Earlier this year, in anticipation of attending a couple industry tradeshows, I was searching for a vertical laptop bag, and coming up painfully short on the mainstream sites.
My desire to go vertical was thinking it would be lower profile and less likely to bump into things and people as I jostled through hectic airports and convention centers. I thought this was a pretty original idea, and a cool way to make lugging my laptop a little easier and more fun.
The Build-Up I'd liked a Lodis bad I'd seen years ago, and had something in a fine leather in mind, but work in a very casual environment at a tech start-up so I didn't want anything too fancy. After doing a Google search for vertical laptop bags, I stumbled upon some really compelling and stellar reviews of the Muzetto. I was compelled, and then further engaged when their site had so many great photos and info on the bag. Finding out it was made in America, let alone in California (my state), put me over the edge to spend the extra $. That, and a compelling argument from a colleague about the "cost per use" analysis, pushed me over the edge to make the pricey purchase.
The Bummer Going in with very high expectations, I was really disappointed to discover that the bag didn't fit my body well at all.
This was no fault of the manufacturer - it's a very high quality product. But the photos I was referencing online were on men (the primary target customer for this line), and gave me a false perception of the size. I should have known better, based on the size of my computer (15" MacBook Pro), that there's no way it could fit down my side without being quite long.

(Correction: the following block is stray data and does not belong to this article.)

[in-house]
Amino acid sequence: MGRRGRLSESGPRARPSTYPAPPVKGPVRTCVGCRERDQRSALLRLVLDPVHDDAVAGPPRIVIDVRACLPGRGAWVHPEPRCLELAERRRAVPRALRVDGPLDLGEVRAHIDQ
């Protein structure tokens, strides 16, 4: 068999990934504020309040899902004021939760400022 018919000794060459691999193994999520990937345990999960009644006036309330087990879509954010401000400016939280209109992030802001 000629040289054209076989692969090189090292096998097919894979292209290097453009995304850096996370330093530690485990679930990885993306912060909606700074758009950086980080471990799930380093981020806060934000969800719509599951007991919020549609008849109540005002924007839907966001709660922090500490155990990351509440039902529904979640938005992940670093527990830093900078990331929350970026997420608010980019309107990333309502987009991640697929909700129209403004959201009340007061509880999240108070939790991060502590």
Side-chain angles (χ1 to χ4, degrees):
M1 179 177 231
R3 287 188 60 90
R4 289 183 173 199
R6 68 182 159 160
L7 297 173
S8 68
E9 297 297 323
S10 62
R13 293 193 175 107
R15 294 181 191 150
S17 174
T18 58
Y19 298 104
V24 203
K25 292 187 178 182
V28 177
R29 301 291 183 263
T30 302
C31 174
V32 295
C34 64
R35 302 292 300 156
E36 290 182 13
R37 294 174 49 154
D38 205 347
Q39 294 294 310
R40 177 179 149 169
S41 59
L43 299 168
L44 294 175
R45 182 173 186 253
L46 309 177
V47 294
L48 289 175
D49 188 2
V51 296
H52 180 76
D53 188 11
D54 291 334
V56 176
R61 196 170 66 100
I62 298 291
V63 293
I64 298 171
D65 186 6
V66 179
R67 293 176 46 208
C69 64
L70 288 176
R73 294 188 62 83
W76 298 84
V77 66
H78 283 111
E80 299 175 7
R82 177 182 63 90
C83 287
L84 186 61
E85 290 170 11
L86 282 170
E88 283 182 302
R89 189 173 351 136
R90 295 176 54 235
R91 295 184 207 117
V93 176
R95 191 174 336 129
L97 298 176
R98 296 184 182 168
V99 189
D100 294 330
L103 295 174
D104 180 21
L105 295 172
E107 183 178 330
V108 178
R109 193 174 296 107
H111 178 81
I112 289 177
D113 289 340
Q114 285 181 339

I think I'd seen the smallest size in most of the photos online, and got it into my head that cute little rectangle would fit me like a purse. Then when I placed the order and selected the size that would actually fit my 15" computer.. well, the best laid plans, right?
The length and heft of the vertical style in the particular size I got threw off my gait and was very awkward to manage while walking, as it hindered my leg and hip movement. It also just looked odd and not in proportion with my body. Rather than being low profile and understated, I wound up feeling like it stood out even more. Sad face for me : ( All my justification for spending so much on this bag was quickly going down the tubes, as I realized it wouldn't become a staple in my daily use. The kicker is I already have a great worn-in leather bag that I love and get constant compliments on. It's 12 years old, and I feel like a fool for nearly shunning it for the next hot bag that flashed it's hip green interior at me.
The Great Product Itself
Customizable colors make it fun and easy to put your own personality on the bag and make it more original.
Quality leather is really nice to the touch and balances a worn-in look with sophisticated luxury.
Great design with thoughtful attention to pockets
No-zip / open top, which is debatable, but I personally had no issue with my computer sliding out because the laptop itself was within a sleeve that made it fit snugly inside the back without shifting or sliding. Overall, the easy-entry benefit outweighed any problem I had with not having a closure.
Made in the U.S.A.
Great customer service, very easy to work with and nice follow up after my order was shipped and on its way.
So if you're in the market for a great quality designer bag - check out Waterfield for sure. Just consider that if you go for an alternative style, like this vertical one, there are some unexpected factors. Turns out, there's a reason that 90% of laptop bags are horizontal ; )
Meantime, I'll be selling mine on Craig's List since a few hundred dollars is WAY too much value to be sitting, collecting dust. Which is what mine's up to these days... in fact I haven't touched it since I walked in the door from my first and last business trip with it, which was almost 9 months ago.
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About the reviewer
Really loyal, a little more lippy than I'd wish, love love love the beach and all things tropical, sneeze freakishly loud, love the F word, came of age in the Midwest during the 80's, get a lot … more
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